Today was one of our first Spring days. It warmed to above plus ten, and in the late afternoon the clouds came apart into pieces that soon dissipated, leaving the day suddenly and unexpectedly bright.
Equinox is less than a week away. The patios are about to explode into life.
My bike will be out tomorrow for the first time this year.
And Mt. Pleasant is the first cemetery I ever came to love. I lived three blocks away for nine years and it became a favorite place to walk, and later on, when I began to take back my body, it was the first place I jogged in almost a decade.
It feels wide and open for the city - spacious and well tended, curved and rolling, inviting in the sky. And it’s also the place at-long-last teaching me the names of trees, because each of its dozens of varieties are tagged with its name, both latinate and anglicized.
It’s a peaceful place. Not morbid or depressing at all. Restful, reassuring. I never connected a sense of peace or of wellbeing with burials until I came to know this place. This place has taught me the reasonableness of a common ground for the dead and the living to meet, in memory, thanks, longing and grief, for yesterdays to be measured against now, for the reshaping of histories and relationships outside of the tyranny of time.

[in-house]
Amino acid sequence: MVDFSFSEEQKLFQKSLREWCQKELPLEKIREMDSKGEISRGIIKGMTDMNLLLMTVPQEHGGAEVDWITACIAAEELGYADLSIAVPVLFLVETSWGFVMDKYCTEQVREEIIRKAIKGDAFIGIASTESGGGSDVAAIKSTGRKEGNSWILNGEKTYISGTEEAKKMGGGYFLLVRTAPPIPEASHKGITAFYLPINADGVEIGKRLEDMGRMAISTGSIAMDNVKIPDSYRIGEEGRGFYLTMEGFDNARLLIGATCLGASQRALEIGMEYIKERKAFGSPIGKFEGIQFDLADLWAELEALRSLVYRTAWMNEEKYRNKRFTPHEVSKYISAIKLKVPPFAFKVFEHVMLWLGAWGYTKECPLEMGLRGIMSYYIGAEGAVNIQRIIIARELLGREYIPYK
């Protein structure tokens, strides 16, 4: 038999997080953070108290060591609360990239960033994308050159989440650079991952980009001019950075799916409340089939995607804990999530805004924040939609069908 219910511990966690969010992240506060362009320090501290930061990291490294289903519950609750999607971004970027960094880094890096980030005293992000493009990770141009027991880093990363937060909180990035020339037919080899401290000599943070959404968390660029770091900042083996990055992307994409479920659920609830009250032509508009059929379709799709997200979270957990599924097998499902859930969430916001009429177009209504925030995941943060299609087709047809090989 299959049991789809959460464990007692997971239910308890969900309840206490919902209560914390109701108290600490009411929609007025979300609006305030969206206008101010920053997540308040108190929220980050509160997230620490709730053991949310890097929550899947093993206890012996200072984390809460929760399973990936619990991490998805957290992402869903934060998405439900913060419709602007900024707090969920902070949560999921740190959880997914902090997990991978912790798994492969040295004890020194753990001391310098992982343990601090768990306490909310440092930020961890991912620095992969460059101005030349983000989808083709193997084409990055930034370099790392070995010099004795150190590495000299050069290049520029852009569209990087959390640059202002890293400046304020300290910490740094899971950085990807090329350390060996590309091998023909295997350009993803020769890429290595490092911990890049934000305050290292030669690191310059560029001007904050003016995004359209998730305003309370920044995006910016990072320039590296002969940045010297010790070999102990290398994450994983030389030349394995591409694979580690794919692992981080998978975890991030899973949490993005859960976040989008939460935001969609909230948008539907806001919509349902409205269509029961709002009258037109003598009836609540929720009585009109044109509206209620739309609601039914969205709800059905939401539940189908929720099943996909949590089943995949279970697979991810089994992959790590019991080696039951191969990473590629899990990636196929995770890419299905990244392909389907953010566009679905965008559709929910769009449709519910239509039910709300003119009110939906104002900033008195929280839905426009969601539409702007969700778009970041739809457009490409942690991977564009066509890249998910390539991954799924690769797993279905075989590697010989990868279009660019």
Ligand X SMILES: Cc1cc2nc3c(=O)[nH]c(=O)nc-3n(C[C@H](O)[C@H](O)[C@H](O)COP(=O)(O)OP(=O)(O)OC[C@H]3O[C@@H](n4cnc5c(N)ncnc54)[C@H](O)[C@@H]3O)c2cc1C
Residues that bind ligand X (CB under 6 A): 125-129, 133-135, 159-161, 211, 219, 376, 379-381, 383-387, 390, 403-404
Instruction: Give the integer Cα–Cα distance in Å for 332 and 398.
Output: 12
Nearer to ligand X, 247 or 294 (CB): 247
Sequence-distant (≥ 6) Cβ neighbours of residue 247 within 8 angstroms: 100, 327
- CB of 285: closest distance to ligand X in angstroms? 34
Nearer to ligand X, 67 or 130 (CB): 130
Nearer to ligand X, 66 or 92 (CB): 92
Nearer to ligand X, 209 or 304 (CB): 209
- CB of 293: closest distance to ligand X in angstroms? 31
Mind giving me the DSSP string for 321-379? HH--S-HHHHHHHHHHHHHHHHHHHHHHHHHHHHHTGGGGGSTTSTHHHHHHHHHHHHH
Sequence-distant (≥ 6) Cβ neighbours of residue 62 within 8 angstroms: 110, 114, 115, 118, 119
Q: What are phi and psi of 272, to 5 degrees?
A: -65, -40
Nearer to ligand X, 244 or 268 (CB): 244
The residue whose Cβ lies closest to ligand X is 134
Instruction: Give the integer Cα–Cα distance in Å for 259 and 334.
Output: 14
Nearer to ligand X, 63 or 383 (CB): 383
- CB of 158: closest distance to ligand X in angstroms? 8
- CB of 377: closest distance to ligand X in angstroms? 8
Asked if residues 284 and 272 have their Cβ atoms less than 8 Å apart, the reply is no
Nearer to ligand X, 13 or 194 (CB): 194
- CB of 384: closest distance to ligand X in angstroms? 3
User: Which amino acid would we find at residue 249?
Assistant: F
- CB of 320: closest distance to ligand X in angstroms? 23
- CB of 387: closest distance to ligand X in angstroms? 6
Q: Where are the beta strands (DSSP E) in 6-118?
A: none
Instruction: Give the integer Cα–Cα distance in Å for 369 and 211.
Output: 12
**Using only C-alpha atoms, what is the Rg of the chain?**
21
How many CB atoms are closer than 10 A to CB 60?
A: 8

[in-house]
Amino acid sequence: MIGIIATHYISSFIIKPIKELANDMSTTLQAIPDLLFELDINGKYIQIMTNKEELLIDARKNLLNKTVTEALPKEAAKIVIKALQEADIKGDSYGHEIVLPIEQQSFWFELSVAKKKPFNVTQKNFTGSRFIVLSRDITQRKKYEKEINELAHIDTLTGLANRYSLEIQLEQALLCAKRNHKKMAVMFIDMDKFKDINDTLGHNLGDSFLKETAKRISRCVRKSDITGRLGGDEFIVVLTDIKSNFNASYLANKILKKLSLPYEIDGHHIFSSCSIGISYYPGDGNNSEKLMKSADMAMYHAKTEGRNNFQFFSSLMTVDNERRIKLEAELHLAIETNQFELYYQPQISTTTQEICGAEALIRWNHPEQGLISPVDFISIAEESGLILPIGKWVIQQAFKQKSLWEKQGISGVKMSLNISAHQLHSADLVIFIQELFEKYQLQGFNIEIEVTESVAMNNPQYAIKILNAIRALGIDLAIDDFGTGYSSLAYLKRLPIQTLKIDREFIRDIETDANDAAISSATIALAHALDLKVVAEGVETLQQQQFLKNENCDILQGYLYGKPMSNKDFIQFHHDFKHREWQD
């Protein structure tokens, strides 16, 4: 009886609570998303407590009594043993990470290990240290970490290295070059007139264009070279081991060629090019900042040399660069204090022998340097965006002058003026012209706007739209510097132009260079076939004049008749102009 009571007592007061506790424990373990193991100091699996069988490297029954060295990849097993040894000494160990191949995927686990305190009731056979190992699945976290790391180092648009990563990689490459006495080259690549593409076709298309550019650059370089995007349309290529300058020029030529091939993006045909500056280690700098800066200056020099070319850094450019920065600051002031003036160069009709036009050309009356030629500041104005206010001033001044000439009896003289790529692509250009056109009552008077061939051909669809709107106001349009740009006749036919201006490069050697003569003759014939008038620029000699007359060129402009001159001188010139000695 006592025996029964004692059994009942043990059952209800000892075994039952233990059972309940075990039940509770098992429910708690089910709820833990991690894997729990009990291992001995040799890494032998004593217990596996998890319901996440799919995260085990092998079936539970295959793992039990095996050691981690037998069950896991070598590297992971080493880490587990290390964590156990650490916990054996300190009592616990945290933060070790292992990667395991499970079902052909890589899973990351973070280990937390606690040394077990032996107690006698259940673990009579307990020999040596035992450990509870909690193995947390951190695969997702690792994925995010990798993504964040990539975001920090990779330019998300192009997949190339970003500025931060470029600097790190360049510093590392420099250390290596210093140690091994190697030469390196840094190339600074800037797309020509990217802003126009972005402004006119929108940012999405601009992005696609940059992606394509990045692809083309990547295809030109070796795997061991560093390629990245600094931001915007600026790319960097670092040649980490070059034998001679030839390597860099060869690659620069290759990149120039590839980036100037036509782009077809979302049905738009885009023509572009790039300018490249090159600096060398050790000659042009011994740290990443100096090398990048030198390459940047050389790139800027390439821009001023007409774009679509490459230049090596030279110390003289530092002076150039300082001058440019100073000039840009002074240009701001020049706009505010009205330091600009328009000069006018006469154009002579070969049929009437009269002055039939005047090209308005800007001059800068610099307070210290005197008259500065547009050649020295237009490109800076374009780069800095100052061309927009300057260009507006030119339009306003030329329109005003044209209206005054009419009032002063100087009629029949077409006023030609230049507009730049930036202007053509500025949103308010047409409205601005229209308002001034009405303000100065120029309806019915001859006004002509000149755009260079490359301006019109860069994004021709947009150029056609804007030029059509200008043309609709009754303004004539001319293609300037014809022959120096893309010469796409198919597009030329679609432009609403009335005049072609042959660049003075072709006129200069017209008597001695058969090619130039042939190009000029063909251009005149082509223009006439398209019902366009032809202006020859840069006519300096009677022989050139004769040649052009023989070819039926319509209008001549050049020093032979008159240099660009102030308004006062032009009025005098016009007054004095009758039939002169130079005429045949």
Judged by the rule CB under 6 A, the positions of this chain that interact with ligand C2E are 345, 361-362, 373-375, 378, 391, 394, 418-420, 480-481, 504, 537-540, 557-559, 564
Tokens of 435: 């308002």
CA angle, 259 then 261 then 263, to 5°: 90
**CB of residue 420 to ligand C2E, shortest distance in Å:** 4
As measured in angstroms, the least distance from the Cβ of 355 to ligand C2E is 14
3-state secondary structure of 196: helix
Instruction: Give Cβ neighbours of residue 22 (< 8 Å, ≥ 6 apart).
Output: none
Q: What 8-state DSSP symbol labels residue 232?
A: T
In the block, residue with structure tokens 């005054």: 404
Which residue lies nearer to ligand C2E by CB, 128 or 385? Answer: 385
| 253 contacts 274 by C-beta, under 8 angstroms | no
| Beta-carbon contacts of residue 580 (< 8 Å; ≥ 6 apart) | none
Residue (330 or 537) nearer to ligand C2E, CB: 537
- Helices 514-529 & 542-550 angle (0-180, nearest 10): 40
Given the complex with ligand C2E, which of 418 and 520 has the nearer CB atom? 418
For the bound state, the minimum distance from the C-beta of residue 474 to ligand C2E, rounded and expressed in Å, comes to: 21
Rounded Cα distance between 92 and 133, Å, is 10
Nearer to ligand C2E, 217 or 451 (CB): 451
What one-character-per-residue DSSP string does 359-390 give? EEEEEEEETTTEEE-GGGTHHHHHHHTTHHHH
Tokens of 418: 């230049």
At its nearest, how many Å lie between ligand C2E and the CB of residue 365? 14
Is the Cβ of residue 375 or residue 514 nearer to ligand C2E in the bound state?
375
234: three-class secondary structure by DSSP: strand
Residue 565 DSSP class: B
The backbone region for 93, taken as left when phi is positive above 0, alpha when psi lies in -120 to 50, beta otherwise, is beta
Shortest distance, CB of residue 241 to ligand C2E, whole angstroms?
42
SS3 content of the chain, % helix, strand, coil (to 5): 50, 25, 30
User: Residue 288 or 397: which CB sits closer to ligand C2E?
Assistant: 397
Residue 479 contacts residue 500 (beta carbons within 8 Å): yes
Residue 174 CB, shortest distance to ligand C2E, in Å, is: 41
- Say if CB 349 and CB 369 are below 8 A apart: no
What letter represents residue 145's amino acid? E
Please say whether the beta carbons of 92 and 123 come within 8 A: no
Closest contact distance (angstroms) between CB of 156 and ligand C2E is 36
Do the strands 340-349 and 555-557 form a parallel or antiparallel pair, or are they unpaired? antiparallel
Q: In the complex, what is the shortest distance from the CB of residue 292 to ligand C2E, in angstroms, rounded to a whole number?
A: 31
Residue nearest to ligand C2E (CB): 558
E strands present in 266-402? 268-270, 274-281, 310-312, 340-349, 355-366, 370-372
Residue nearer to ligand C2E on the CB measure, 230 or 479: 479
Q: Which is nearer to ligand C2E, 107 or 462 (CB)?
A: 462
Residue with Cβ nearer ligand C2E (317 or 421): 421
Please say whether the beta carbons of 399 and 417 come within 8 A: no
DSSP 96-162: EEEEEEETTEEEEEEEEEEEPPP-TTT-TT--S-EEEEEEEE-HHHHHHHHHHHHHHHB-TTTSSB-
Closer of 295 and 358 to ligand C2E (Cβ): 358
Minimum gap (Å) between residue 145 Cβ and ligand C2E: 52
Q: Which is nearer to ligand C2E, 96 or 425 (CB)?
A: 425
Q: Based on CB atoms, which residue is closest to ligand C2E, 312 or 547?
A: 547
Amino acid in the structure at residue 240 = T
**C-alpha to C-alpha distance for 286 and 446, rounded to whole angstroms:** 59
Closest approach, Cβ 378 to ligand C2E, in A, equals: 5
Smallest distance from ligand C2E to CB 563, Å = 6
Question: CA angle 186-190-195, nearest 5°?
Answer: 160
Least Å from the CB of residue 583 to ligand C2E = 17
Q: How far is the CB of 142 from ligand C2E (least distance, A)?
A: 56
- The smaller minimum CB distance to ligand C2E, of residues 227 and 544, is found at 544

I happened to be passing, just when my long, complex and emotional day had worked itself through, and I steered the car in along a path, then slowed and parked. Eventually, I went to where I knew I’d find my name engraved in stone, in deep and clean block letters.
Not relatives of mine, that I know of. Just the sharing of a name. No, not morbid at all... Anchoring. Seeing it raises a smile to my lips. I imagine myself on both sides of the impassable border, and the gift glows warm inside me, balanced with that other gift I can only imagine.
And then, the rest of the inscription, in squat, even letters.
What it says is:
In loving memory of
1833 – 1915
MARY ELLIS HIS WIFE
1842 – 1914
EDWARD CHRISTOPHER THEIR SON
1868 - 1932
DAISY ELIZABETH THEIR DAUGHTER
1877 – 1935
LILLIAN MARY THEIR DAUGHTER
1874 - 1946
So much story in so few lines.